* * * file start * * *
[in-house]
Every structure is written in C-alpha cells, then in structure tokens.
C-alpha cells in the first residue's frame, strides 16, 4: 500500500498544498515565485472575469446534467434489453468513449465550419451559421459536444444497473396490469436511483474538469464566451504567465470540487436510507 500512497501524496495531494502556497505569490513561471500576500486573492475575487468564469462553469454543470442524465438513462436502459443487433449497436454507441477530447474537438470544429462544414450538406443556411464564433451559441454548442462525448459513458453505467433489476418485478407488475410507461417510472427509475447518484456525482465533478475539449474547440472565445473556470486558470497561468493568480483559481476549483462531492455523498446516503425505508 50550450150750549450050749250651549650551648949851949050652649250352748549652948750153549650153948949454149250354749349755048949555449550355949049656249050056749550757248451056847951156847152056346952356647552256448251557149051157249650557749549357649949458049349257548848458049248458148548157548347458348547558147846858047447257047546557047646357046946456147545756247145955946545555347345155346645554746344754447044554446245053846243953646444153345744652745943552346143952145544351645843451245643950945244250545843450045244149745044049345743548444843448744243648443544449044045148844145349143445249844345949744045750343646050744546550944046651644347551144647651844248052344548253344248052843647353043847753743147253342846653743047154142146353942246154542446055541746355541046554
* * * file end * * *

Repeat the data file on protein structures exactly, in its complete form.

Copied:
[in-house]
Every structure is written in C-alpha cells, then in structure tokens.
C-alpha cells in the first residue's frame, strides 16, 4: 500500500498544498515565485472575469446534467434489453468513449465550419451559421459536444444497473396490469436511483474538469464566451504567465470540487436510507 500512497501524496495531494502556497505569490513561471500576500486573492475575487468564469462553469454543470442524465438513462436502459443487433449497436454507441477530447474537438470544429462544414450538406443556411464564433451559441454548442462525448459513458453505467433489476418485478407488475410507461417510472427509475447518484456525482465533478475539449474547440472565445473556470486558470497561468493568480483559481476549483462531492455523498446516503425505508 50550450150750549450050749250651549650551648949851949050652649250352748549652948750153549650153948949454149250354749349755048949555449550355949049656249050056749550757248451056847951156847152056346952356647552256448251557149051157249650557749549357649949458049349257548848458049248458148548157548347458348547558147846858047447257047546557047646357046946456147545756247145955946545555347345155346645554746344754447044554446245053846243953646444153345744652745943552346143952145544351645843451245643950945244250545843450045244149745044049345743548444843448744243648443544449044045148844145349143445249844345949744045750343646050744546550944046651644347551144647651844248052344548253344248052843647353043847753743147253342846653743047154142146353942246154542446055541746355541046554